Friday, December 14, 2012

Recommended? No, thank you.

I have just finished listening to over seven minutes of book recommendations "to help you recover from a tense 2012". On the list:
  • Stewart O'Nan's novella The Odds focuses on an unemployed couple who are just about out of options. Marion and Art Fowler are set to divorce on the eve of their 30th wedding anniversary, in order to protect what little assets they have left.
  • Money woes and magical thinking are the dominant notes in Canada, a dazzling epic of family dissolution by Richard Ford. Set in 1960 in Montana and Saskatchewan, the story is narrated by 15-year-old Dell Parsons, whose parents hatch the bright idea of robbing a bank to pay the bills. Of course, they're quickly arrested and imprisoned, leaving Dell and his twin sister to fend for themselves.
  • Junot Diaz's exuberant short-story collection This Is How You Lose Her charts the lives of Dominican immigrants for whom the promise of America comes down to a minimum-wage paycheck, an occasional walk to a movie in a mall, and the momentary escape of a grappling in bed.
  • Katherine Boo's much-lauded book, Behind the Beautiful Forevers, crowns this "best of the year" list in nonfiction. Based on three years of "embedded reporting" in the slum settlement of Annawadi adjacent to the Mumbai airport and its nearby luxury hotels, Boo's book takes readers deep into the subsistence-level lives of residents like teenager Abdul, a peddler of recycled plastic; and Manju, a dreamy young woman bent on becoming the settlement's first college graduate.

Now, I don't know about you, but I read to escape. Occasionally, I will read a non-fiction work that has sparked my attention (The Immortal Life of Henrietta Lacks, and Under the Banner of Heaven were two recent reads), but I am primarily a fiction reader. And my tastes vary widely, from fantasy to thriller to cozy mystery to straight up chick-lit.

However, I can say that I try to steer clear of books that make me wish they came with a razor so I can slit my wrists at the end. There are two books which come quickly to mind that made me feel like this: Zoya by Danielle Steele and White Oleander by Janet Fitch. I would be a better person today if I had never read these two books. I am sure there are more, like the mental damage that short story Guts by Chuck Palahniuk inflicted upon me, but these are the two that are on the top of my list.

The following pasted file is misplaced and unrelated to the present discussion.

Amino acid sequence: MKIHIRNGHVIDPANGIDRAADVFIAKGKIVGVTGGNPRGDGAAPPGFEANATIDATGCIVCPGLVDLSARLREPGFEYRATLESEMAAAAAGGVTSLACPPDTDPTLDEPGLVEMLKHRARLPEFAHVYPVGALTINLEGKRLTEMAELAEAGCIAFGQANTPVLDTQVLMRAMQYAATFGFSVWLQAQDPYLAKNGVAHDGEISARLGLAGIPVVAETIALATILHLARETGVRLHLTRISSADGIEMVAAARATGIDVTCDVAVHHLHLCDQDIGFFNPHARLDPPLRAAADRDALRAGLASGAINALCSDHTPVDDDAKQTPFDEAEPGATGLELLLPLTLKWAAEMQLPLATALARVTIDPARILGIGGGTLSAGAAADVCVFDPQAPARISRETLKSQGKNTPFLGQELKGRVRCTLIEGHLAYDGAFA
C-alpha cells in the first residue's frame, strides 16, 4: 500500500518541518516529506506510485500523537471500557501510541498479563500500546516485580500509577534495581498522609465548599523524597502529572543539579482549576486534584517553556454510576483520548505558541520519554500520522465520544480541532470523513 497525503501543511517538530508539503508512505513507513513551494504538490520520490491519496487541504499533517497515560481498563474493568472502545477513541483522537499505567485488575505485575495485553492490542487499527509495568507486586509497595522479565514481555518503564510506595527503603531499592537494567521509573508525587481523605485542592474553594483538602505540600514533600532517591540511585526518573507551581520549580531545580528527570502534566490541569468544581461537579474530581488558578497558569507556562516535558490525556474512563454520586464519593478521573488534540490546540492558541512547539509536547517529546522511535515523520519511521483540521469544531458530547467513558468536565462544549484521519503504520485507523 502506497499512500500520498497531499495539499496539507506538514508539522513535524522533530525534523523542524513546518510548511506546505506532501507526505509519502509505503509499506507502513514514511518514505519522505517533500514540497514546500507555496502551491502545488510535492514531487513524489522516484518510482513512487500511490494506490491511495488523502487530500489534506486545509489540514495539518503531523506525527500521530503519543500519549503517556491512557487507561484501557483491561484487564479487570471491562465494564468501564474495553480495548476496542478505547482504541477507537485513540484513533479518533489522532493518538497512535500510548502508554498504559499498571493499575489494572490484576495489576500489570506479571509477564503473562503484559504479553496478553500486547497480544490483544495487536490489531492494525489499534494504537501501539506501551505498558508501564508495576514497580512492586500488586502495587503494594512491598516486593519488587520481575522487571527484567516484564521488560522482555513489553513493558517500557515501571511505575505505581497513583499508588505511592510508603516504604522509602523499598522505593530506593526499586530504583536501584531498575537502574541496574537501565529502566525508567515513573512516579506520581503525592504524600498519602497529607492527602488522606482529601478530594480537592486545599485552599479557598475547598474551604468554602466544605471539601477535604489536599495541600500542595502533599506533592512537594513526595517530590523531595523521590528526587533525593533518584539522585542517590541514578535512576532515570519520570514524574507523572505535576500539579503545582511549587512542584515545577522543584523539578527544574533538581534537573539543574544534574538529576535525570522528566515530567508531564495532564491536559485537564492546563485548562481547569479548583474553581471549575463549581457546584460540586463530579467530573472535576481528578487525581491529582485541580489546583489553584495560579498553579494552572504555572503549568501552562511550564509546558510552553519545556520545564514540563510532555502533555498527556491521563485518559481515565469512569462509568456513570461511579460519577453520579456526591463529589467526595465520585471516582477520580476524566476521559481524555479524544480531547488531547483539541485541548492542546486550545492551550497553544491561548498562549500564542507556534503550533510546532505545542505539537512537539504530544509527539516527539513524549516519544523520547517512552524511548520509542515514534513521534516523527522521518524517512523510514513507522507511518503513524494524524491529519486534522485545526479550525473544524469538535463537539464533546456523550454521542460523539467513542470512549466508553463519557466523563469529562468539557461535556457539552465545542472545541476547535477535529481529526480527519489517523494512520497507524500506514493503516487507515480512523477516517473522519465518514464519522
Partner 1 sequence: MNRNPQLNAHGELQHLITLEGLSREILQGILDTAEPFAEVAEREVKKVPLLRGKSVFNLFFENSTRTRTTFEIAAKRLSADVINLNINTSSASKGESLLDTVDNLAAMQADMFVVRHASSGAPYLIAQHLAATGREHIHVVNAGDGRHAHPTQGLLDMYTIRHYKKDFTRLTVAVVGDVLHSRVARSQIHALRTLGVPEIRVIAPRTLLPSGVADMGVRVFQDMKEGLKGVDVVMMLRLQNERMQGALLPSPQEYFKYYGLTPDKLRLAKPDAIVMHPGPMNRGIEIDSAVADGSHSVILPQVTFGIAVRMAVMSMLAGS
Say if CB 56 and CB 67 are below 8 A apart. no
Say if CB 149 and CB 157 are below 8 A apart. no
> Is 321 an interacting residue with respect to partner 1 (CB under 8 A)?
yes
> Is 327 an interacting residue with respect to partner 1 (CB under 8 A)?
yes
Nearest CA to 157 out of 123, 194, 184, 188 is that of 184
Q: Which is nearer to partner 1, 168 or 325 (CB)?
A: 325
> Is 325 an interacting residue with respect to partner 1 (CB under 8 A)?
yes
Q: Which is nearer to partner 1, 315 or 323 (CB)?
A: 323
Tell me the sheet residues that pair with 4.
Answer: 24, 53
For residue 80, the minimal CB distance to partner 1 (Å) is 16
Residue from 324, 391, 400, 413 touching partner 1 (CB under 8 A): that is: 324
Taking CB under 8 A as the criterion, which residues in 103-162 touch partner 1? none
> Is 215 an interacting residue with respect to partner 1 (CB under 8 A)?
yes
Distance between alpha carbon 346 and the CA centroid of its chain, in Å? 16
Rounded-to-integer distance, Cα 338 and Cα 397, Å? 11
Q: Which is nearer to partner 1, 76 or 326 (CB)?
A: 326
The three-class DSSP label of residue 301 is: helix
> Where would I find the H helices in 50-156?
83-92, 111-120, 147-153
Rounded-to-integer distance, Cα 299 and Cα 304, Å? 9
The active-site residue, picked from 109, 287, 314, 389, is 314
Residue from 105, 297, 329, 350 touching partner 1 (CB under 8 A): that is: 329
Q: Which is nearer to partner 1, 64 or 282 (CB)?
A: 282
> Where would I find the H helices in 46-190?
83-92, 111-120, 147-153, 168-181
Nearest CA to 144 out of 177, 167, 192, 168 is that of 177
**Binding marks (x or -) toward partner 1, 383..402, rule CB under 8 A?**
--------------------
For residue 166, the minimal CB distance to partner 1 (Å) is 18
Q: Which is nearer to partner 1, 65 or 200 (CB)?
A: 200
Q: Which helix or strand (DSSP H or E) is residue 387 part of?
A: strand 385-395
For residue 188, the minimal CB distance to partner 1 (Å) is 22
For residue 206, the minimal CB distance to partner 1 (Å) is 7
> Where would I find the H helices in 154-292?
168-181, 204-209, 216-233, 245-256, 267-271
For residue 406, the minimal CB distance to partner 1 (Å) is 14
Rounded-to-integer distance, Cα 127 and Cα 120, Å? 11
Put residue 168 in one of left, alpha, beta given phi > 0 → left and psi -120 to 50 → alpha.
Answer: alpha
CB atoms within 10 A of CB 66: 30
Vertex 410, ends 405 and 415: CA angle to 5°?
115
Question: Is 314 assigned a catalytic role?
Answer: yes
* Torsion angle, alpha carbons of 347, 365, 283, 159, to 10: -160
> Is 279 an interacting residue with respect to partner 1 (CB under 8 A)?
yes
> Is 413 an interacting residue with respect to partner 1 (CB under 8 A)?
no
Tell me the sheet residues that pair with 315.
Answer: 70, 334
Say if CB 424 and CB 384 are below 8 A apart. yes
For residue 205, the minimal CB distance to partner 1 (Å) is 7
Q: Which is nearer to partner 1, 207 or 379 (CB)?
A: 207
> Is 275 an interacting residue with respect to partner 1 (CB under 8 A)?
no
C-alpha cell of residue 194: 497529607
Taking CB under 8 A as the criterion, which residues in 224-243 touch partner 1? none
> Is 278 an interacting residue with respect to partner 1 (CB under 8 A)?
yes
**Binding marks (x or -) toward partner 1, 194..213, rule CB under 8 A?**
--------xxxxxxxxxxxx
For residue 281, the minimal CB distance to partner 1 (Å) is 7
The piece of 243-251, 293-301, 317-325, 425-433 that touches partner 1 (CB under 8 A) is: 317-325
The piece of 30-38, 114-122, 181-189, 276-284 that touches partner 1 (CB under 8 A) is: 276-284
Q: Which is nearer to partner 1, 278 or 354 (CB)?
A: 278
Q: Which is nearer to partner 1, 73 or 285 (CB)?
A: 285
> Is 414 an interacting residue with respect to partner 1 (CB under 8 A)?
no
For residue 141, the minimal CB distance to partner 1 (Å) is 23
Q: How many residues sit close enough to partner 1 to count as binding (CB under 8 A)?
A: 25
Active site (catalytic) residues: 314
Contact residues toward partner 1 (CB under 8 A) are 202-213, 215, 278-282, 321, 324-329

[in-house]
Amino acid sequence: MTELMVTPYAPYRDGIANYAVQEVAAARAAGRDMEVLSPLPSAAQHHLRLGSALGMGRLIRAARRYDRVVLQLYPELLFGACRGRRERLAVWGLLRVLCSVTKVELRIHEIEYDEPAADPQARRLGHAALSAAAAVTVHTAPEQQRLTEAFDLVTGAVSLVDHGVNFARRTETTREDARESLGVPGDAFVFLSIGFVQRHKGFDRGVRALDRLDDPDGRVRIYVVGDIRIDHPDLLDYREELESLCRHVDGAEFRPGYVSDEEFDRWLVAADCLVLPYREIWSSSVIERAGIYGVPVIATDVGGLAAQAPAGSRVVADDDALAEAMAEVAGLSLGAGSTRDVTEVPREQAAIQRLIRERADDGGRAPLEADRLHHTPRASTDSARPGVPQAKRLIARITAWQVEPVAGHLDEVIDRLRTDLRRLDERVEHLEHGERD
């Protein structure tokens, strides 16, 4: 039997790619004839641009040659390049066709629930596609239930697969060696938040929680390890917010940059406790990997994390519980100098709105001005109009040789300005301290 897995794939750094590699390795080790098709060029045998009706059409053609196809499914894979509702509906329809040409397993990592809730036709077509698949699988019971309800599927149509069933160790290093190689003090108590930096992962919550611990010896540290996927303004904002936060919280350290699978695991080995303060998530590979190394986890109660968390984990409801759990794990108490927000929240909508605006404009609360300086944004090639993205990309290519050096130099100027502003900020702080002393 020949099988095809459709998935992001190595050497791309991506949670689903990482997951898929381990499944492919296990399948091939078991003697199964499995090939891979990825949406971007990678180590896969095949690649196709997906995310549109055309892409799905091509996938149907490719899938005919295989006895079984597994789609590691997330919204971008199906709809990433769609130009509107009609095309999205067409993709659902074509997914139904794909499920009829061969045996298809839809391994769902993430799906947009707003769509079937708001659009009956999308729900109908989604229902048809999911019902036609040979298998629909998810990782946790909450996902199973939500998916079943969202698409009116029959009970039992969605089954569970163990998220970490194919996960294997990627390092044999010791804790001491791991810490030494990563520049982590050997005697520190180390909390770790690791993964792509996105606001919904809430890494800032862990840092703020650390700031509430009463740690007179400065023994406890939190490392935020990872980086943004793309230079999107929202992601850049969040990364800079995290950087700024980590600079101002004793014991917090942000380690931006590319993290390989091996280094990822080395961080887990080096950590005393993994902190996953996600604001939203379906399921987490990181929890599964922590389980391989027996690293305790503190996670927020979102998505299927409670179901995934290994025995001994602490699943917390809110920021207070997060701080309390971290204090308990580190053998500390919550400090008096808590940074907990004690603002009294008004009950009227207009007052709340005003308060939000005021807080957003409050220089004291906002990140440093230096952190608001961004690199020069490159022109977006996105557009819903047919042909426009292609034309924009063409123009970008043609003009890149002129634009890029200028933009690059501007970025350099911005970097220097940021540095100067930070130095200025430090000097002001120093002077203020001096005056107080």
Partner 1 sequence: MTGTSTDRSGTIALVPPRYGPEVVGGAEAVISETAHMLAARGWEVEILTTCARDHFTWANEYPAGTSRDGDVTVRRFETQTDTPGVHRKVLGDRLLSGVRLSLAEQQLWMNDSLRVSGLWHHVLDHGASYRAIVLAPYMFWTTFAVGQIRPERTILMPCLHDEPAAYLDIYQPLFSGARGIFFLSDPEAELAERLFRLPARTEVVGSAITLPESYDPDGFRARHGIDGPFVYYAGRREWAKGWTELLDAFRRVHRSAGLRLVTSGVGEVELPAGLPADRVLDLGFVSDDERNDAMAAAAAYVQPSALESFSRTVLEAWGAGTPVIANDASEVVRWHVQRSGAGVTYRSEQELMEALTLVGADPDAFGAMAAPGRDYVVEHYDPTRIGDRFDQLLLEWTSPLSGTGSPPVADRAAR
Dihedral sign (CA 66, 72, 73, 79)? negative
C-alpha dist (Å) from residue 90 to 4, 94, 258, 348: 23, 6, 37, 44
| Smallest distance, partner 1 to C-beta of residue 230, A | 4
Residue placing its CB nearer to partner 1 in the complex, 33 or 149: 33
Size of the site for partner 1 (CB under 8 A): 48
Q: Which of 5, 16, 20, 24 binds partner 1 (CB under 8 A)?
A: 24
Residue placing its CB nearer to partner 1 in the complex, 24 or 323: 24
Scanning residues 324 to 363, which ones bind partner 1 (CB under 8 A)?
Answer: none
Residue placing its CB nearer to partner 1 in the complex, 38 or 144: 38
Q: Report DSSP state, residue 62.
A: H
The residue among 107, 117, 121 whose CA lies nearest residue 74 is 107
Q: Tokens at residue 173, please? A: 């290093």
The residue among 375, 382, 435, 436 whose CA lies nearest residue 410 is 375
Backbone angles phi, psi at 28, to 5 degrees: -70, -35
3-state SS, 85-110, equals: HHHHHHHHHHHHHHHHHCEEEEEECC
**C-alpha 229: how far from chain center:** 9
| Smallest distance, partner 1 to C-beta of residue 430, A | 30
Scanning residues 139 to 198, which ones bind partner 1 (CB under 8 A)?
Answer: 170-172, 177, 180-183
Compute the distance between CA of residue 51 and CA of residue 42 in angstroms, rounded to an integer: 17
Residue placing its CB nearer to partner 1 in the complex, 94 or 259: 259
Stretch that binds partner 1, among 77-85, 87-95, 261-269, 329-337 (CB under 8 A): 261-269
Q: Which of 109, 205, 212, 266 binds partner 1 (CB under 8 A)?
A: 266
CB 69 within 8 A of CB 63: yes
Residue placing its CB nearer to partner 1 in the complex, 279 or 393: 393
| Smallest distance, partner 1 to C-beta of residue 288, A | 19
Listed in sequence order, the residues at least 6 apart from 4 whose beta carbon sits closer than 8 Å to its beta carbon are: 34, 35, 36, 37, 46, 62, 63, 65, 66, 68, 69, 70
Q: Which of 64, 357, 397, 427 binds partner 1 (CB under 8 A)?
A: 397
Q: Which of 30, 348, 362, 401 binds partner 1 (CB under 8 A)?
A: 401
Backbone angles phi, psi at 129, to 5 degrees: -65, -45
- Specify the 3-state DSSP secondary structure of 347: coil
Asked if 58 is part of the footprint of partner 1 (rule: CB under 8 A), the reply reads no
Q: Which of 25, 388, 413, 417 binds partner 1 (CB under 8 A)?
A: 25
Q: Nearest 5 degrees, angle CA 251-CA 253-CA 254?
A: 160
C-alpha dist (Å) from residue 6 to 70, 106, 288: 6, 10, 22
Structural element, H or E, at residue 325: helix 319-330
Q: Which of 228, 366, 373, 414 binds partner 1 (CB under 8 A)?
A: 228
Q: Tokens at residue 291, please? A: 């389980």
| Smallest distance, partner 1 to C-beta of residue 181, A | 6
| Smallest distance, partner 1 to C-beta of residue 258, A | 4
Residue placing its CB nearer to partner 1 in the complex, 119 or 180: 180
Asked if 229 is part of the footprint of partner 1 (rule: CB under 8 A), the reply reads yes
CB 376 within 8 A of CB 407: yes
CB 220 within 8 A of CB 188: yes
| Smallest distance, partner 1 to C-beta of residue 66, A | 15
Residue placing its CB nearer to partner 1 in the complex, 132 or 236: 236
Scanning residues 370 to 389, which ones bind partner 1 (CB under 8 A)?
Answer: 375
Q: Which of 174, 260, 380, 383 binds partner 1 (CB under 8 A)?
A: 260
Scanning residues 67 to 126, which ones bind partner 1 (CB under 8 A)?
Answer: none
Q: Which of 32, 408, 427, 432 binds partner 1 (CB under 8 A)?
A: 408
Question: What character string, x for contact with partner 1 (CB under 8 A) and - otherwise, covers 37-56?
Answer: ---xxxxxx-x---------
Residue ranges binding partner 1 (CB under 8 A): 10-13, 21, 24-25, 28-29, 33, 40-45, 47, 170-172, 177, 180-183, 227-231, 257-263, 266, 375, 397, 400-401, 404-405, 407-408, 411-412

So, with that said, here are my favorite books of 2012, recommended with great aplomb:

Patron Saint of Liars by Ann Patchett - This book was at my grandmother's house and I had been interested in some time to read a book by Patchett. This is a heartwarming story of a difficult time in a girl's life.

Odd Thomas by Dean Koontz - The name of the protagonist alone is reason enough to read it, but you will want to read all in the series by the time you are finished simply because of the superb writing.

And Then There Were Two by Agatha Christie - Arguably the best and most well known of her works. Kept me guessing until the end!

Their Eyes Were Watching God by Zora Neale Hurston - Beautiful, beautiful, beautiful. Should be required reading in schools.

The Call by Yannick Murphy - Loved the format of the book, which made reading a pleasure. I would consider this one a sleeper. By the time the book was finished, I loved the characters.

Under the Banner of Heaven by Jon Krakauer - The only non-fiction of the group, I recommend this one to lift the veil of ignorance many of us are under regarding Mormonism.

The Rook by Daniel O'Malley - This is a huge roller coaster of a book. Very well done and impossible to put down. This is the only book on the list that I stayed up in the wee hours reading because I had to know what happened next.

Monster by Walter Dean Myers - Winner of the Michael L. Printz and Coretta Scott King Book Awards, I recommend this one because of the way it is written. The story is not a happy one, but the format is intriguing and the ending is satisfying.

Hotel on the Corner of Bitter and Sweet by Jamie Ford - The only book on the list that made me cry. It is so beautiful and completely satisfying that I was fully invested by the end. I had to take a breather after this one, just to do it the honor of living in my soul a bit longer.

See? Not a single one here that will make you want to commit Hari Kari. There you have it! My recommendations to bring you out of your 2012 doldrums.

1 comment:

  1. I love And Then There Were Two (or some of them say "None"), too! And we were required to read There Eyes Were Watching God in high school, but I don't remember anything about the plot now.